--port -p The local port to listen on. Default value: 7071.
--pause-on-error Pause for additional input before exiting the process. Used only when launching Core Tools from an integrated development environment (IDE).
--script-root --prefix Used to specify the path to the root of the function app that is to be run or deployed. This is used for compiled projects that generate project files into a subfolder. For example, when you build a C# class library project, the host.json, local.settings.json, and function.json files are generated in a root subfolder with a path like MyProject/bin/Debug/netstandard2.0. In this case, set the prefix as --script-root MyProject/bin/Debug/netstandard2.0. This is the root of the function app when running in Azure.
--timeout -t The timeout for the Functions host to start, in seconds. Default: 20 seconds.
--useHttps Bind to https://localhost:{port} rather than to http://localhost:{port}. By default, this option creates a trusted certificate on your computer.

For a C# class library project (.csproj), you must include the --build option to generate the library .dll.

When the Functions host starts, it outputs the URL of HTTP-triggered functions:

Found the following functions:
Host.Functions.MyHttpTrigger

Job host started
Http Function MyHttpTrigger: http://localhost:7071/api/MyHttpTrigger

Important

When running locally, authentication isn't enforced for HTTP endpoints. This means that all local HTTP requests are handled as authLevel = "anonymous". For more information, see the HTTP binding article.

Passing test data to a function

To test your functions locally, you start the Functions host and call endpoints on the local server using HTTP requests. The endpoint you call depends on the type of function.

Note

Examples in this topic use the cURL tool to send HTTP requests from the terminal or a command prompt. You can use a tool of your choice to send HTTP requests to the local server. The cURL tool is available by default on Linux-based systems. On Windows, you must first download and install the cURL tool.

For more general information on testing functions, see Strategies for testing your code in Azure Functions.

HTTP and webhook triggered functions

You call the following endpoint to locally run HTTP and webhook triggered functions:

http://localhost:{port}/api/{function_name}

Make sure to use the same server name and port that the Functions host is listening on. You see this in the output generated when starting the Function host. You can call this URL using any HTTP method supported by the trigger.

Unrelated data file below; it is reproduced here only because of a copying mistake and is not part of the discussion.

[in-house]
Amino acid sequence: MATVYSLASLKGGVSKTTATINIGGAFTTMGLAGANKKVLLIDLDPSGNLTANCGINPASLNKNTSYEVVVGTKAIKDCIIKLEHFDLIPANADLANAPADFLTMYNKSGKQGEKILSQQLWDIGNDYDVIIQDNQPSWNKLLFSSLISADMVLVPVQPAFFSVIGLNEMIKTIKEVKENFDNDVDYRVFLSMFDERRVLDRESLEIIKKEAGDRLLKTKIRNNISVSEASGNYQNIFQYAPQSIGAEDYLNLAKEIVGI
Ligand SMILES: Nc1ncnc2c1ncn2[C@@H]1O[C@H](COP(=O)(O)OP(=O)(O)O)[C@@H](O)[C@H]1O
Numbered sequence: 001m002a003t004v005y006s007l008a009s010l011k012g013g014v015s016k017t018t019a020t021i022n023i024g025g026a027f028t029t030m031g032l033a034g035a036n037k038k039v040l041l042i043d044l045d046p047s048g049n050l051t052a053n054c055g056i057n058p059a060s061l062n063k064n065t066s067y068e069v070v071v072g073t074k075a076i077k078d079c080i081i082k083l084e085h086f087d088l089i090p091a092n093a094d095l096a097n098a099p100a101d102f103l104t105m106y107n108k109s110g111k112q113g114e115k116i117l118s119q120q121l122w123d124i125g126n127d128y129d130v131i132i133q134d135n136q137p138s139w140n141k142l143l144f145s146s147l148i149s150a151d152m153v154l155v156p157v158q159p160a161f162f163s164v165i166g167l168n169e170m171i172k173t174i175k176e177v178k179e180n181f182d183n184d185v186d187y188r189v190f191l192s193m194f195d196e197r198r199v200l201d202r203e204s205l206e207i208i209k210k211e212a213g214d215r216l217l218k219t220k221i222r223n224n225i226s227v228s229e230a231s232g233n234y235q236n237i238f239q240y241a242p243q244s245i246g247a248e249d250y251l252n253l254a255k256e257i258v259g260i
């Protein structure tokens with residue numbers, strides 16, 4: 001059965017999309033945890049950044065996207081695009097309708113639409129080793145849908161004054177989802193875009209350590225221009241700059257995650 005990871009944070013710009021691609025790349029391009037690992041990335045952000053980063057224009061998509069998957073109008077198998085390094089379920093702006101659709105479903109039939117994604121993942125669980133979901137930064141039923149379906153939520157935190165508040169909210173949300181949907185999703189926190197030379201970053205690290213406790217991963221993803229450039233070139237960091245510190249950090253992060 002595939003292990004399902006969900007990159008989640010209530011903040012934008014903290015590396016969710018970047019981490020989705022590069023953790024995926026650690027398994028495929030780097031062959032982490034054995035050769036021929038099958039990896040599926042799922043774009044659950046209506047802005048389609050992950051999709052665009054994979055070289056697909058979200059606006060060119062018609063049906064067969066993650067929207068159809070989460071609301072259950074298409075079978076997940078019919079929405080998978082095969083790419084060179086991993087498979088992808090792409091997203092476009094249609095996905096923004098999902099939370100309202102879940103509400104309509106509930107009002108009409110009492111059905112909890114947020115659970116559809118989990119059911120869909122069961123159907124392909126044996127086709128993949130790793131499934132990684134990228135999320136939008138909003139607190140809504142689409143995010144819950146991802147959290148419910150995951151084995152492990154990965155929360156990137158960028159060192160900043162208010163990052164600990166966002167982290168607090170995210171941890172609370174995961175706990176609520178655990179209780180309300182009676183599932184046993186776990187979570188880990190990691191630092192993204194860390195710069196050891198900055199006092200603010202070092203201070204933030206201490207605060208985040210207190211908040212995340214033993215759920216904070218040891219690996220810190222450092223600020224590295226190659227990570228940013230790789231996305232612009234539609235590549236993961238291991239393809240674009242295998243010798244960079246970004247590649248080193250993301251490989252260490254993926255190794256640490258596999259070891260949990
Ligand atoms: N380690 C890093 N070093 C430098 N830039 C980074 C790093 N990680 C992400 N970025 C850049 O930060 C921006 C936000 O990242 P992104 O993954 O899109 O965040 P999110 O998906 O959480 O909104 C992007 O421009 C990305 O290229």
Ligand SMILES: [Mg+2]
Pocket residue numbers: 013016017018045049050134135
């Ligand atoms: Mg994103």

The following cURL command triggers the MyHttpTrigger quickstart function from a GET request with the name parameter passed in the query string.

curl --get http://localhost:7071/api/MyHttpTrigger?name=Azure%20Rocks

The following example is the same function called from a POST request passing name in the request body:

curl --request POST http://localhost:7071/api/MyHttpTrigger --data '{"name":"Azure Rocks"}'

You can make GET requests from a browser passing data in the query string. For all other HTTP methods, you must use cURL, Fiddler, Postman, or a similar HTTP testing tool.

Non-HTTP triggered functions

For all kinds of functions other than HTTP triggers and webhooks, you can test your functions locally by calling an administration endpoint. Calling this endpoint with an HTTP POST request on the local server triggers the function. You can optionally pass test data to the execution in the body of the POST request. This functionality is similar to the Test tab in the Azure portal.

You call the following administrator endpoint to trigger non-HTTP functions:

http://localhost:{port}/admin/functions/{function_name}

To pass test data to the administrator endpoint of a function, you must supply the data in the body of a POST request message. The message body is required to have the following JSON format:

{
    "input": "<trigger_input>"
}

The <trigger_input> value contains data in a format expected by the function. The following cURL example is a POST to a QueueTriggerJS function. In this case, the input is a string that is equivalent to the message expected to be found in the queue.

curl --request POST -H "Content-Type:application/json" --data '{"input":"sample queue data"}' http://localhost:7071/admin/functions/QueueTriggerJS

Using the func run command in version 1.x

Important

The func run command is not supported in version 2.x of the tools. For more information, see the topic How to target Azure Functions runtime versions.

You can also invoke a function directly by using func run <FunctionName> and provide input data for the function. This command is similar to running a function using the Test tab in the Azure portal.

func run supports the following options:

Option Description
--content -c Inline content.
--debug -d Attach a debugger to the host process before running the function.
--timeout -t Time to wait (in seconds) until the local Functions host is ready.
--file -f The file name to use as content.
--no-interactive Does not prompt for input. Useful for automation scenarios.

For example, to call an HTTP-triggered function and pass content body, run the following command:

func run MyHttpTrigger -c '{\"name\": \"Azure\"}'

Publish to Azure